Aging Eyes Need Attention

Your retina functions like the film in a camera. When the film malfunctions, the picture gets less clear. Such is the case with macular degeneration.

Topeka opthamologist Dr. Babek Marefat says macular degeneration is when the center of the retina starts withering away and falling apart. The result is loss of your central vision. Your peripheral vision remains.

The condition is the leading cause of blindness in people over the age of 55. You could see signs of it when you're a lot younger. Dr. Maretaf says, in the early stages, people notice items or lines in a text that are no longer straight or dark or gray spots in the center of their vision.

More than 1.6 million Americans have advanced macular degeneration and 13 million more have some evidence of it. Unfortunately, there is no cure. However, Dr. Marefat says there is evidence smoking increases your chance of developing it, and some studies have shown certain vitamins and antioxidents could slow it down. Right now, though, the best advice is diligence.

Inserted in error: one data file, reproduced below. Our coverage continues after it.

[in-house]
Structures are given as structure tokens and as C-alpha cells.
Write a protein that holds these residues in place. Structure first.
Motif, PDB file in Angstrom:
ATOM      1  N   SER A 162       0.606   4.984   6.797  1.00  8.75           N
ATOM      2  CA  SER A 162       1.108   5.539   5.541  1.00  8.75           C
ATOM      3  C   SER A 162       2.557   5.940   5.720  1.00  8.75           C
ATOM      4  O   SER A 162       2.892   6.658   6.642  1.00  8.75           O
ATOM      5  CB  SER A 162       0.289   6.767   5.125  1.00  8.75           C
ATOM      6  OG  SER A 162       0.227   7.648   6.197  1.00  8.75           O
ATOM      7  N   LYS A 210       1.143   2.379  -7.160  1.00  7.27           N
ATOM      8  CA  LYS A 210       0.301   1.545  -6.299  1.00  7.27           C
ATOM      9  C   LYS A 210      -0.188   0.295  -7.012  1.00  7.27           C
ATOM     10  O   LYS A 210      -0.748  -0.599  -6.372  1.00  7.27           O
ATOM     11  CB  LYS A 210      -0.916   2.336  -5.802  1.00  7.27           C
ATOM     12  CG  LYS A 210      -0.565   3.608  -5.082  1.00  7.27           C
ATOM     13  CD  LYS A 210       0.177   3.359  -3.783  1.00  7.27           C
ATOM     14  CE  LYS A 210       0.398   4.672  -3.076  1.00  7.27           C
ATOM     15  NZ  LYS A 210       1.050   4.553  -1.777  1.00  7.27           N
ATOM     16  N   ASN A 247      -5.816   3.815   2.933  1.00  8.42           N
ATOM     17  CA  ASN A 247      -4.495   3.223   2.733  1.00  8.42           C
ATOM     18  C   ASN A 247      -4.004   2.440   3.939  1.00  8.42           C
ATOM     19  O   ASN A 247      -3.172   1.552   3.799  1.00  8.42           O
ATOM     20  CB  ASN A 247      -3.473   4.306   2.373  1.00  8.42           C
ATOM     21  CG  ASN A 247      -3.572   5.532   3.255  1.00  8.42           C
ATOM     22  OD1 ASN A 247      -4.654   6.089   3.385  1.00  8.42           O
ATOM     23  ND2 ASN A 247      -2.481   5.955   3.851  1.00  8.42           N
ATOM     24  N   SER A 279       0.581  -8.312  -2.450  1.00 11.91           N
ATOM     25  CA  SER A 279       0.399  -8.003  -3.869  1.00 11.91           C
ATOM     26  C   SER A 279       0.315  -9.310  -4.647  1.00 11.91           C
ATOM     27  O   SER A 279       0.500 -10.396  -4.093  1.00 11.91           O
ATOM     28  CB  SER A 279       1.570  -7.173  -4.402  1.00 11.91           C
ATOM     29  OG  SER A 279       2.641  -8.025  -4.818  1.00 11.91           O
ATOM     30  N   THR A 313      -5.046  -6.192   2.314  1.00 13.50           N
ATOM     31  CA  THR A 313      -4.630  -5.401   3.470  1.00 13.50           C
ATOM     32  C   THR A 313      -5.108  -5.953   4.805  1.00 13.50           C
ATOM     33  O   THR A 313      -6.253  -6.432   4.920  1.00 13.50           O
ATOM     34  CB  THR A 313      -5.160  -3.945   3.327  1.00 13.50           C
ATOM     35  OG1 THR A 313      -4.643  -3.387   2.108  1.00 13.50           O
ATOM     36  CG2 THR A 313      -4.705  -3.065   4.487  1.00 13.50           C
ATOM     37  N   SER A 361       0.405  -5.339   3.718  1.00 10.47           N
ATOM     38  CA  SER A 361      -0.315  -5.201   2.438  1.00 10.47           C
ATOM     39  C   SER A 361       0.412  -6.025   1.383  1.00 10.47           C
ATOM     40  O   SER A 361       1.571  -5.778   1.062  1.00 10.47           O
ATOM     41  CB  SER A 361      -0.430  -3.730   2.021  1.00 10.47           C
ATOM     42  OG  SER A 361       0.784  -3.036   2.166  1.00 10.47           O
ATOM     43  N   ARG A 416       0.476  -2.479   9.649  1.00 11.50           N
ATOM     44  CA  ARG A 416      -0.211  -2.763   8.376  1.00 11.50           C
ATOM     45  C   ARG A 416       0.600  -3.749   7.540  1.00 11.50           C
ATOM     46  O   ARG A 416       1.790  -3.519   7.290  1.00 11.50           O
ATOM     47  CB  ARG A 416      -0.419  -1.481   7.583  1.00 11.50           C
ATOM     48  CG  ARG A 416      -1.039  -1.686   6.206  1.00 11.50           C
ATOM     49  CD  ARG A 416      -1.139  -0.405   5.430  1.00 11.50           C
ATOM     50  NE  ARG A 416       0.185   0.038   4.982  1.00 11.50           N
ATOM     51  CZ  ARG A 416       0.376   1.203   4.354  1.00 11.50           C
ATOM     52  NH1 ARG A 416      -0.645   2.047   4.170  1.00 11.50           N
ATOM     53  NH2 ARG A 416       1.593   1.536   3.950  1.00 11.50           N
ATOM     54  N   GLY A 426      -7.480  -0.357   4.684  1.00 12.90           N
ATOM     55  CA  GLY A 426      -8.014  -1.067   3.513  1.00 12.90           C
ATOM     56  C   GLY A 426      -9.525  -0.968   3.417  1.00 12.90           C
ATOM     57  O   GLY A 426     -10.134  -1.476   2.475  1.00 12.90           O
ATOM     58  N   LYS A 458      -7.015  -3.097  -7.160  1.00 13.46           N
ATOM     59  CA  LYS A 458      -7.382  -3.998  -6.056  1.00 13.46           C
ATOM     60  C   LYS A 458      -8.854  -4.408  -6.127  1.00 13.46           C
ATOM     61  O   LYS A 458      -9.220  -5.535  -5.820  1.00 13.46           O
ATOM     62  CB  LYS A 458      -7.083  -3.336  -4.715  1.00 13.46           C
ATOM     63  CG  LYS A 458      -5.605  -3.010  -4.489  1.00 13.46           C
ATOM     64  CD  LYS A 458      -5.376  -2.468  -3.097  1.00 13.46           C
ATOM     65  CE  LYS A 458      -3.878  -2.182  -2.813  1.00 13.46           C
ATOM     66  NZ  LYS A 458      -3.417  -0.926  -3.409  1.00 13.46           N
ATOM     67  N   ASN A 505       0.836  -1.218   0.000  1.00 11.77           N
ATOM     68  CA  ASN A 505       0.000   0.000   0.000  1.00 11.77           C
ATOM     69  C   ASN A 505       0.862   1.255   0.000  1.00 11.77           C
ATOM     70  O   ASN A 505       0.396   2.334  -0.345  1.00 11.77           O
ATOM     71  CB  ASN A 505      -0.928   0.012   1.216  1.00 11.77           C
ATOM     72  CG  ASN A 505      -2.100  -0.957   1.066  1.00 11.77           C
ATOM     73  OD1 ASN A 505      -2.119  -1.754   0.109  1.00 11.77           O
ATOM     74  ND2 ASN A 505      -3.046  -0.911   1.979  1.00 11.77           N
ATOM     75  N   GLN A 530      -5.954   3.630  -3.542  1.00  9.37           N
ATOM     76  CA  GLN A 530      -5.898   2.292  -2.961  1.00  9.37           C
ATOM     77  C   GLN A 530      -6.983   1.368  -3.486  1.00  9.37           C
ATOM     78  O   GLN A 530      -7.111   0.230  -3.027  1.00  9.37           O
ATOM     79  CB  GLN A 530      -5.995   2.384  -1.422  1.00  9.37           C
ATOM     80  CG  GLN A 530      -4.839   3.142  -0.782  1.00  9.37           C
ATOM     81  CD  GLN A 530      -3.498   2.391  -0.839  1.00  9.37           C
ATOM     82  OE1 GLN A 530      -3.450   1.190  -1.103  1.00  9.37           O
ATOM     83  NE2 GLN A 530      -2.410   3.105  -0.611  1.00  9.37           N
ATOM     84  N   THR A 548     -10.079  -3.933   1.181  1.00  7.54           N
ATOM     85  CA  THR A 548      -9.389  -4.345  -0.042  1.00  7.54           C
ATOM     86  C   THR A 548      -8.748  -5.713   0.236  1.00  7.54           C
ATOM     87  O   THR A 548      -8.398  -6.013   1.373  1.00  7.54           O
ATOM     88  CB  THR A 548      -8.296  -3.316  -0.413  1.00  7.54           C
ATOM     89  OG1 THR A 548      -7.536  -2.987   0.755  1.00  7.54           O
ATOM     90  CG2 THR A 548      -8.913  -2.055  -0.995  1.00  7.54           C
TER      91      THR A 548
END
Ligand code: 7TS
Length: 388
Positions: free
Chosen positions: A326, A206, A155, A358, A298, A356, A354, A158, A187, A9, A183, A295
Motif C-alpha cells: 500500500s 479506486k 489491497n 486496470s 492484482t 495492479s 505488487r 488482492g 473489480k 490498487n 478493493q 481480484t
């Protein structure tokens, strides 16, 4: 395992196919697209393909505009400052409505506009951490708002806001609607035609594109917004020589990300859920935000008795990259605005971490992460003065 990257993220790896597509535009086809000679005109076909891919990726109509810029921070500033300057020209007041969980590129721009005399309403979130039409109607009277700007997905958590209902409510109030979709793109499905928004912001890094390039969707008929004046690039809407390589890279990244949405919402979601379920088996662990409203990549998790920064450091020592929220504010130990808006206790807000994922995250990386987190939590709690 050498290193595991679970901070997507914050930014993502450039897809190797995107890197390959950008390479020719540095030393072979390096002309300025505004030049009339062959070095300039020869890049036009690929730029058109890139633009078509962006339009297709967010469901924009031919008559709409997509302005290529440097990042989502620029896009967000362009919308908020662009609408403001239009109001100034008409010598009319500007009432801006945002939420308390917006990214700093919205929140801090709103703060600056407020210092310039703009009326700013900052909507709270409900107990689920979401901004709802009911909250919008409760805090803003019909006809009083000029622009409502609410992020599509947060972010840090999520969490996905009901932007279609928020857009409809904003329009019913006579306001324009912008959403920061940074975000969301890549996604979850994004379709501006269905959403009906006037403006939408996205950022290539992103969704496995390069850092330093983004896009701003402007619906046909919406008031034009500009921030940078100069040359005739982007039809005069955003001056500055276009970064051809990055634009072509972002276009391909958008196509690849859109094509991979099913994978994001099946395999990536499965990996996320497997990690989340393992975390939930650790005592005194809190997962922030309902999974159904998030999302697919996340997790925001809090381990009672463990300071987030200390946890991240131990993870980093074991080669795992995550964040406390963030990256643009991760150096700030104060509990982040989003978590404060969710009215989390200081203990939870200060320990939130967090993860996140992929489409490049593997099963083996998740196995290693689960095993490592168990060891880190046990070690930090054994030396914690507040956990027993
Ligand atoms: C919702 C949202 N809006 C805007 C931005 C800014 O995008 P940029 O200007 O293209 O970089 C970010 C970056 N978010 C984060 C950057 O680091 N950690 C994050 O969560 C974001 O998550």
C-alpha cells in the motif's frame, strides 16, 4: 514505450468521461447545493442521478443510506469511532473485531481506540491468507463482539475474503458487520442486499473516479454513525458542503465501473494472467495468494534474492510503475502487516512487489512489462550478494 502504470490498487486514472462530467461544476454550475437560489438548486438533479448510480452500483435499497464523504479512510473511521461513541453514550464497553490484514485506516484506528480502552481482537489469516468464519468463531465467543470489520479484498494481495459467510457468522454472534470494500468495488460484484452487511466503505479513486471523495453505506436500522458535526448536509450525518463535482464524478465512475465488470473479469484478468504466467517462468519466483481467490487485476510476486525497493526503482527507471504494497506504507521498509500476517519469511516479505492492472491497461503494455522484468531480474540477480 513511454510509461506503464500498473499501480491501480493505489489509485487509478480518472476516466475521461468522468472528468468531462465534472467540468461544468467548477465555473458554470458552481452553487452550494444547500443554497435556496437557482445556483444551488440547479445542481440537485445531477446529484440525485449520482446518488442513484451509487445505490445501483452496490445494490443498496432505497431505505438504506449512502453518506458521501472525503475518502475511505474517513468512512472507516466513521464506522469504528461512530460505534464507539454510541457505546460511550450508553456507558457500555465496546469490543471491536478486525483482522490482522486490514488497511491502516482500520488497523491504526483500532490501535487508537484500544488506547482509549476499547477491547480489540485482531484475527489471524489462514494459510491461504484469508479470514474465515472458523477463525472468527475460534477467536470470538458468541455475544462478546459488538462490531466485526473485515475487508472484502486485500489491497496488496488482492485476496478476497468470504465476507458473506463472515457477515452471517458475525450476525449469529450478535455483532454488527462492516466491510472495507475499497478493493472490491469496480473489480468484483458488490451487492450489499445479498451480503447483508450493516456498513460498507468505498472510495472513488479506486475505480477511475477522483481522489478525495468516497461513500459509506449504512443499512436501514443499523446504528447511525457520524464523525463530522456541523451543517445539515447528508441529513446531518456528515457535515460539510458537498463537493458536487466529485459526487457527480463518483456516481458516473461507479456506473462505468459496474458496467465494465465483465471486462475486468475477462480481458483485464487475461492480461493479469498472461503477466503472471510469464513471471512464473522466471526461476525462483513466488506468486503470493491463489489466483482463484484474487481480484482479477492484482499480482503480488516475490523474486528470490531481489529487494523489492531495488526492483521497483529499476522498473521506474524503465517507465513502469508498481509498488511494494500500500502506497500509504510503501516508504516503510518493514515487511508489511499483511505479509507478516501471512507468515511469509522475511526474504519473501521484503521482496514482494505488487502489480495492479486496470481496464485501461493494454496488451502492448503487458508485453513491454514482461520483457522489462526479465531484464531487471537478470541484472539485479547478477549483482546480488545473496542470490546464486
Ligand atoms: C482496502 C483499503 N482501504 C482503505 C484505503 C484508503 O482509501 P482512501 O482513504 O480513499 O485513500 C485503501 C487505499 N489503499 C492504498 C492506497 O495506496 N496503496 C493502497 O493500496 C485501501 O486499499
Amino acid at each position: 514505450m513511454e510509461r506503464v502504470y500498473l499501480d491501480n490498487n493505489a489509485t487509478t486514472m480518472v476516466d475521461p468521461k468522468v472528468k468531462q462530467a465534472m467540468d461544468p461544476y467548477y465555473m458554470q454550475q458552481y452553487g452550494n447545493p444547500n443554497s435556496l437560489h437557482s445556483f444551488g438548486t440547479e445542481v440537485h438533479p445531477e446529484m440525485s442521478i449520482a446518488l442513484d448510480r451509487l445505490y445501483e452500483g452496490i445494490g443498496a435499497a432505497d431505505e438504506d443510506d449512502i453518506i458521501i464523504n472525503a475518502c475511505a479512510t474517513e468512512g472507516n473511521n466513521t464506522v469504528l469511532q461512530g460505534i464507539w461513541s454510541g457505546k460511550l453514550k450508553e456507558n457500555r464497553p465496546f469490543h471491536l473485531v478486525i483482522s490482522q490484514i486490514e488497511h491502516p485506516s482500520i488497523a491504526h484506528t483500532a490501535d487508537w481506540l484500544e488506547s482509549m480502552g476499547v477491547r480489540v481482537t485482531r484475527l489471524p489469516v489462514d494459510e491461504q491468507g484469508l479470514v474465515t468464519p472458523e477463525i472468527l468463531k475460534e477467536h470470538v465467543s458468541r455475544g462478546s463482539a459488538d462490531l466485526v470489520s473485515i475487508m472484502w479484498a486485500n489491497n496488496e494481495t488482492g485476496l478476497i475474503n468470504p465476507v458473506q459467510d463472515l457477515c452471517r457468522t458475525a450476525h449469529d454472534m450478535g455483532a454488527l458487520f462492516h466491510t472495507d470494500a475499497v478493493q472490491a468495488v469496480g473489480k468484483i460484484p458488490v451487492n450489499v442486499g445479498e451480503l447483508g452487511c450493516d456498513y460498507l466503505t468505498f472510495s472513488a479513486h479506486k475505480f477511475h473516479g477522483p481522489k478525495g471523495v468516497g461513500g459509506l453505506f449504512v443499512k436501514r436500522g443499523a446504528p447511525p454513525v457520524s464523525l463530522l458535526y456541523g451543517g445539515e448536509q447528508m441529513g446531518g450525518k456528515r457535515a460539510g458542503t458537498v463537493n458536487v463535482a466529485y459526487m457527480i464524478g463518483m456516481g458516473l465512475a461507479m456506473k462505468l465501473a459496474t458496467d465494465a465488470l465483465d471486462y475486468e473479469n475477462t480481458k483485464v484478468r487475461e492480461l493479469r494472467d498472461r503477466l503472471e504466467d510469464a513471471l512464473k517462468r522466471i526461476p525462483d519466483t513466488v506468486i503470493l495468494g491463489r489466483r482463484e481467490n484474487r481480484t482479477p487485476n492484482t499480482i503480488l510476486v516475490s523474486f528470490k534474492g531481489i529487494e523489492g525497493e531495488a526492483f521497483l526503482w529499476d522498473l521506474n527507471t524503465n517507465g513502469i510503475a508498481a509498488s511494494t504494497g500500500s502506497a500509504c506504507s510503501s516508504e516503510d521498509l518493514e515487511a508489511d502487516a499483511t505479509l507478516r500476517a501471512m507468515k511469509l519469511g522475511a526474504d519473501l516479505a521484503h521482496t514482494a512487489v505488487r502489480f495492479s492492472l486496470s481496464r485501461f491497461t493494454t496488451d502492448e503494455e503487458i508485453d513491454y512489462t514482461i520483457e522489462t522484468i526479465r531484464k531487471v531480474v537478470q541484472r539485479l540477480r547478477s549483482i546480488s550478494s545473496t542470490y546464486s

"So many times you can have signs of macular degeneration that go unnoticed by the patient," he said. Regular annual visits to an eye doctor, he said, will pick things up early, and once it's caught, doctors can help you focus on preserving the vision you have.

You can learn more about the disease through the American Macular Degeneration Foundation, www.amdf.org, or the National Institutes of Health, www.nih.gov.


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